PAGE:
The key to good photography is lighting. Most often you want diffused, even light rather than point sources.
My wife bought a "portable studio" that included a light tent, a background cloth, a tabletop tripod and 2 small daylight filtered halogen lights. This was an improvement, but it was also a pain to set up--In our house it is hard to find a big flat area other than the floor that isn't already occupied. I'm too old to lie on the floor. I made my own version of the studio suited for my work area.
My watch workbench has track lighting, giving me 6 movable halogen spotlights. This wasn't meant for photography--it was a cheap way of getting lots of light to the small area where I fix watches. By themselves, the lights are lousy for watch photography--lots of reflections, hard to see detail. However, they did make a good base for lighting a light tent.
I took a square wire grid from shelving, draped sheer white fabric over it, and attached a magnet. The magnet sticks the grid to a shelf bracket mounted in my work area, and the sheer fabric diffuses the lights. Sometimes the windows will add undesired reflections. When that happens I clothes pin a dark cloth with a hole for the lens. The hole is cut off center, so I can get various heights depending on how I clip it. The camera's white balance is set for incandescent--otherwise chrome cases are likely to look gold. The kit my wife got included a background cloth, I use it.
This setup isn't perfect, but I'm looking for decent results with little effort--it succeeds at that. It is far easier to get good pictures with this setup than with others I have tried, and it sets up and stores quickly. The next addition is probably going to be an adjustable light that I can set up in different positions
For a point and shoot without good native macro ability, I velcro a jeweler's loupe to the front of the lens. Focus is essentially done by moving the camera--you have to use the LCD screen. I'm using jeweler's loupes, available from Harbor Freight. a 2 or 3x is about right for a wristwatch, the 10x for individual parts. . In this case, I cut the front half of the loupe off, to avoid shadows on the pictures.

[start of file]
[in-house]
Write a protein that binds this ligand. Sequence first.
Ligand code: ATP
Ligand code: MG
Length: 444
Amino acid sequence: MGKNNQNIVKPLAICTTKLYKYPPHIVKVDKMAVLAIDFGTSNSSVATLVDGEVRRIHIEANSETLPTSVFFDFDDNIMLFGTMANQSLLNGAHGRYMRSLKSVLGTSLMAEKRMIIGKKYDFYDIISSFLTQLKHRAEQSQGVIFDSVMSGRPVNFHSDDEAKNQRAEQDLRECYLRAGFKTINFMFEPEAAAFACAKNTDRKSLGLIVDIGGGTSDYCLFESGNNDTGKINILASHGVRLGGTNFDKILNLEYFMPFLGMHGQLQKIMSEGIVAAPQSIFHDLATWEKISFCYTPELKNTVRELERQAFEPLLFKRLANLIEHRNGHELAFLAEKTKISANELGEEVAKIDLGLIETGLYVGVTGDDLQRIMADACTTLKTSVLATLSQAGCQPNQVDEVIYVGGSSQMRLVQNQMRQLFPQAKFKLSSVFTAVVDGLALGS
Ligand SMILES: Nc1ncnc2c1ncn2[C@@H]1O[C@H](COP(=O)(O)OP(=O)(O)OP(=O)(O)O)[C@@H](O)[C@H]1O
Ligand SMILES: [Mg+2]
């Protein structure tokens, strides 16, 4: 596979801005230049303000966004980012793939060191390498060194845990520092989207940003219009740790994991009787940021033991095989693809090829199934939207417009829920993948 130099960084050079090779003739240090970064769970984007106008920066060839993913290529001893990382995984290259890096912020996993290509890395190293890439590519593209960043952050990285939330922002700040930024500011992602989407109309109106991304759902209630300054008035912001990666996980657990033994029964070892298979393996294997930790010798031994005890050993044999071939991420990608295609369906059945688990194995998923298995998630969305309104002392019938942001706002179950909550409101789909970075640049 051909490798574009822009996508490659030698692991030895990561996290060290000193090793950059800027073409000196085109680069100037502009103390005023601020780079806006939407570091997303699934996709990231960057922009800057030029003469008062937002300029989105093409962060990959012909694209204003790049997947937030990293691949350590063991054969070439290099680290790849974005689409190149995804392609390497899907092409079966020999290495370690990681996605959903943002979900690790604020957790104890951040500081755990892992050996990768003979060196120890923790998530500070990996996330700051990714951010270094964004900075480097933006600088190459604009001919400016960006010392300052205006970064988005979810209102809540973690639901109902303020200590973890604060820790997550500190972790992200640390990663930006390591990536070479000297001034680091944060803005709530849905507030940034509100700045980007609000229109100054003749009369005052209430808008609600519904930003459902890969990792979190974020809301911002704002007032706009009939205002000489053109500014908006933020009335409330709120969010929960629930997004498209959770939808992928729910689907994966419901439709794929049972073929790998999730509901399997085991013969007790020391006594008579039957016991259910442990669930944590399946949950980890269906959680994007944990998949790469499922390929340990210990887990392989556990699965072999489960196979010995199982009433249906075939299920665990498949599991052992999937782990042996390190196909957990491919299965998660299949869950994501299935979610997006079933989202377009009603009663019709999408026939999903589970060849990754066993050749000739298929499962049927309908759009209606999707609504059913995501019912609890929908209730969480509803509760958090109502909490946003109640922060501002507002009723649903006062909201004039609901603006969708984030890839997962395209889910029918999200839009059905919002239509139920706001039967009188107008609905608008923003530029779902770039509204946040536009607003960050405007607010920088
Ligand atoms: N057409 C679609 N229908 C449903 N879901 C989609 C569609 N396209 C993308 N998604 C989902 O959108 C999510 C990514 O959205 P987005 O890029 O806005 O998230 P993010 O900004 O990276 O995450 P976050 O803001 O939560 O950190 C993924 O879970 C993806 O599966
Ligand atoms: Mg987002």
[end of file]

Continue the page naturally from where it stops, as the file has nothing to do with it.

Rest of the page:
My current Kodak has a bigger, better lens than most point and shoot cameras, but that gives its own problems--The lens is too big to attach a loupe, and when holding one in place, the depth of field is about 1mm--If I'm focused on the top of a part, the bottom is out of focus. You can see here that one arm of the balance is almost in focus, the spring below blurry, as is the pivot above. This can be controlled by manually selecting a higher F-stop number, giving a greater depth of field. Cameras with smaller lenses typically have a wider depth of field, so this isn't as much of a problem.
A tripod makes all of this much easier, and is essential when the shutter speed gets low, as often happens when I change the f-stop. You don't need a fancy tripod, a tabletop model will work OK, although a floor model gives more flexibility. My floor tripod has a rack to carefully adjust the height, which makes focusing by distance easier.
A quick and dirty alternative to the light tent is a flash diffuser. I used to use watch paper held in front of the flash. (watch paper is similar to wrapping tissue) Anything sufficiently translucent will help, even just plain white paper. This eliminates white balance problems, cuts the flash power down so it doesn't overexpose, and softens up the shadows compared to raw flash. The tripod is less necessary to prevent blur from camera shake, but may be useful to assist in holding the position for proper focus.